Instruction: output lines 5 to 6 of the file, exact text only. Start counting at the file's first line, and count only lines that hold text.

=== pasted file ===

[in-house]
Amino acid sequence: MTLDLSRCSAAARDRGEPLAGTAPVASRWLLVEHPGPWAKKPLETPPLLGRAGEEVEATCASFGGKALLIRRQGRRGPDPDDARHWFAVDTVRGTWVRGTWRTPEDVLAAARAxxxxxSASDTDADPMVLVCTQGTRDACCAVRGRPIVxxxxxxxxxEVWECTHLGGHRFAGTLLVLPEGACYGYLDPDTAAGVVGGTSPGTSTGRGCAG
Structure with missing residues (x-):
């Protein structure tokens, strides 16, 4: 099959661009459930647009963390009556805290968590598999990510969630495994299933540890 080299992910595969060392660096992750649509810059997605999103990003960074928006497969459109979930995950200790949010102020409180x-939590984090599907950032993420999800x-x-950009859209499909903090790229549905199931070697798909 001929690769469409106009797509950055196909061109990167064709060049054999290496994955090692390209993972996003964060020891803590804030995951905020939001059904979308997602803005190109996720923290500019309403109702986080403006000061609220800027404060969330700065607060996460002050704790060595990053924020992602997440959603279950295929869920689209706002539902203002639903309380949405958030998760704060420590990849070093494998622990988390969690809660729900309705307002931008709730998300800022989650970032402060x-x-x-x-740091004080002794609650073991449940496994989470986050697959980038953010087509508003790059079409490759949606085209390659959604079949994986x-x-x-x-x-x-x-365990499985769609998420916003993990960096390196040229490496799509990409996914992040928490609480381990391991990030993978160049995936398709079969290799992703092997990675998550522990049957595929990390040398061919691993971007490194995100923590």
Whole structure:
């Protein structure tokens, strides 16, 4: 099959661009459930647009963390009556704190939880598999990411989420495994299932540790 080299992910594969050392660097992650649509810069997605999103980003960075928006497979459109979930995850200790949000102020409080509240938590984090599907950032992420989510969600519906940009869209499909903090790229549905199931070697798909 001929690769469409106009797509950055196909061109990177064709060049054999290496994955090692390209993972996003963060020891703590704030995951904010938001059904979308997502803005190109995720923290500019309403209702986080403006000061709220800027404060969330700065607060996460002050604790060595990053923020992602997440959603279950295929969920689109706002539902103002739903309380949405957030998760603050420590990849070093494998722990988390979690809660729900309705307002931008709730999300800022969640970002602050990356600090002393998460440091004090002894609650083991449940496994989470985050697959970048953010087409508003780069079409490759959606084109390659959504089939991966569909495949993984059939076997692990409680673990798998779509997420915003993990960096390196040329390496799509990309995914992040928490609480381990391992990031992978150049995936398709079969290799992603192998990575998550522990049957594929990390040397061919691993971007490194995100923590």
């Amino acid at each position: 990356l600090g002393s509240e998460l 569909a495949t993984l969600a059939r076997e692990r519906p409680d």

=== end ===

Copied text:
Whole structure:
């Protein structure tokens, strides 16, 4: 099959661009459930647009963390009556704190939880598999990411989420495994299932540790 080299992910594969050392660097992650649509810069997605999103980003960075928006497979459109979930995850200790949000102020409080509240938590984090599907950032992420989510969600519906940009869209499909903090790229549905199931070697798909 001929690769469409106009797509950055196909061109990177064709060049054999290496994955090692390209993972996003963060020891703590704030995951904010938001059904979308997502803005190109995720923290500019309403209702986080403006000061709220800027404060969330700065607060996460002050604790060595990053923020992602997440959603279950295929969920689109706002539902103002739903309380949405957030998760603050420590990849070093494998722990988390979690809660729900309705307002931008709730999300800022969640970002602050990356600090002393998460440091004090002894609650083991449940496994989470985050697959970048953010087409508003780069079409490759959606084109390659959504089939991966569909495949993984059939076997692990409680673990798998779509997420915003993990960096390196040329390496799509990309995914992040928490609480381990391992990031992978150049995936398709079969290799992603192998990575998550522990049957594929990390040397061919691993971007490194995100923590």